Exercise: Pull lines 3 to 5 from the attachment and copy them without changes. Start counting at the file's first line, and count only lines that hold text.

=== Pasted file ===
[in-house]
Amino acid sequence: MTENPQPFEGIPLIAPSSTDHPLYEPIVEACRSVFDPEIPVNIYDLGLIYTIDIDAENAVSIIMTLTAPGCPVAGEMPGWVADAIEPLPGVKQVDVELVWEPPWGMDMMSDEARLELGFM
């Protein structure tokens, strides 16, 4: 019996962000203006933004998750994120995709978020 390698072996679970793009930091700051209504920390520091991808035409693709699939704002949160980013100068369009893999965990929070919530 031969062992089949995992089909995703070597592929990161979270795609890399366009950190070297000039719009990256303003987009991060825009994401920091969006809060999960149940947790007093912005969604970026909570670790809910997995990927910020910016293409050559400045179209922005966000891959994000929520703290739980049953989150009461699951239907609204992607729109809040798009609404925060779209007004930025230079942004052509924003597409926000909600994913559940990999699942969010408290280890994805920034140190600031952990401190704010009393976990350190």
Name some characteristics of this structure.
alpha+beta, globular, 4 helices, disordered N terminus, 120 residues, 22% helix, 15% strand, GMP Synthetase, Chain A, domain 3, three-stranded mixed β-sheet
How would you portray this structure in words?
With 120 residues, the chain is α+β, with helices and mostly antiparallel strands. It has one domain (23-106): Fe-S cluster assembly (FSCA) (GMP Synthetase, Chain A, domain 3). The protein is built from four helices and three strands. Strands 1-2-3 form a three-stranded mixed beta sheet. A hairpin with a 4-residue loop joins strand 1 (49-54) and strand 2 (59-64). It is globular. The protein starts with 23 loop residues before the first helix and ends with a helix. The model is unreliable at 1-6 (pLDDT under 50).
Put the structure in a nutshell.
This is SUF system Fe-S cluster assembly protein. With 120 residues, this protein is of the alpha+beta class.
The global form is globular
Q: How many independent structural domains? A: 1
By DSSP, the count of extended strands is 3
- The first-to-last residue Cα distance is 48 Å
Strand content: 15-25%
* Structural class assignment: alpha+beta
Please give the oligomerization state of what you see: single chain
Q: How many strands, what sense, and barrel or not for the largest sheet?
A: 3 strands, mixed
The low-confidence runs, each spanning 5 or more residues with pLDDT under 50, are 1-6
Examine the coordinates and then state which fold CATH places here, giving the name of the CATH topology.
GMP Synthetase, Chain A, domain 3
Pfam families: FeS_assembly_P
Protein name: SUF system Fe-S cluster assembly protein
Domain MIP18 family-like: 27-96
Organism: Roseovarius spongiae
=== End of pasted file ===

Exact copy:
């Protein structure tokens, strides 16, 4: 019996962000203006933004998750994120995709978020 390698072996679970793009930091700051209504920390520091991808035409693709699939704002949160980013100068369009893999965990929070919530 031969062992089949995992089909995703070597592929990161979270795609890399366009950190070297000039719009990256303003987009991060825009994401920091969006809060999960149940947790007093912005969604970026909570670790809910997995990927910020910016293409050559400045179209922005966000891959994000929520703290739980049953989150009461699951239907609204992607729109809040798009609404925060779209007004930025230079942004052509924003597409926000909600994913559940990999699942969010408290280890994805920034140190600031952990401190704010009393976990350190």
Name some characteristics of this structure.
alpha+beta, globular, 4 helices, disordered N terminus, 120 residues, 22% helix, 15% strand, GMP Synthetase, Chain A, domain 3, three-stranded mixed β-sheet